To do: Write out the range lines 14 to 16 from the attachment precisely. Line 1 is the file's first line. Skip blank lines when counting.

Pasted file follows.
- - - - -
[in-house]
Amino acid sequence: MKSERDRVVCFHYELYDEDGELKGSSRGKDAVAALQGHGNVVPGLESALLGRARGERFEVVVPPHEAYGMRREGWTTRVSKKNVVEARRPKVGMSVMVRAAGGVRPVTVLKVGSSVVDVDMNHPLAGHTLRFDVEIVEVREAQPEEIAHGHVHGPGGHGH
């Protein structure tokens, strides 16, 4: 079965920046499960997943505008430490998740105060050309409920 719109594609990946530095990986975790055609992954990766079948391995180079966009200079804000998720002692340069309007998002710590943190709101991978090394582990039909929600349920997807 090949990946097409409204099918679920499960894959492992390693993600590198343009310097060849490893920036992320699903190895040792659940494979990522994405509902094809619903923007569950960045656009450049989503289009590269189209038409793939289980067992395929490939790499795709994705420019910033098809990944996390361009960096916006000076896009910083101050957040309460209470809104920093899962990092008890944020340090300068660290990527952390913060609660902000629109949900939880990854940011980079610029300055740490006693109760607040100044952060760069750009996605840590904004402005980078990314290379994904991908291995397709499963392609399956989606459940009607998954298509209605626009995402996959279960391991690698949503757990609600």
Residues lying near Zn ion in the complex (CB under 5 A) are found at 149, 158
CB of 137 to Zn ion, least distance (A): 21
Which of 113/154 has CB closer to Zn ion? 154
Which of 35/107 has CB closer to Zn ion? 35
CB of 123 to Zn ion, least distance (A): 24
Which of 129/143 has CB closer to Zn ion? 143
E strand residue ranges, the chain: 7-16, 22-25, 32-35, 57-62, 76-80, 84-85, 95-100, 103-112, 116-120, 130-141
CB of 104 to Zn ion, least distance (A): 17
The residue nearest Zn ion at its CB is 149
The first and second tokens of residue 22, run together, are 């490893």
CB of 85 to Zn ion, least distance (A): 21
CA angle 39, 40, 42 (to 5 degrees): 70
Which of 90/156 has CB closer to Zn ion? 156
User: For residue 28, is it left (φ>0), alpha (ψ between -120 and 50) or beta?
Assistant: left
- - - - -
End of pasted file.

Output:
CB of 85 to Zn ion, least distance (A): 21
CA angle 39, 40, 42 (to 5 degrees): 70
Which of 90/156 has CB closer to Zn ion? 156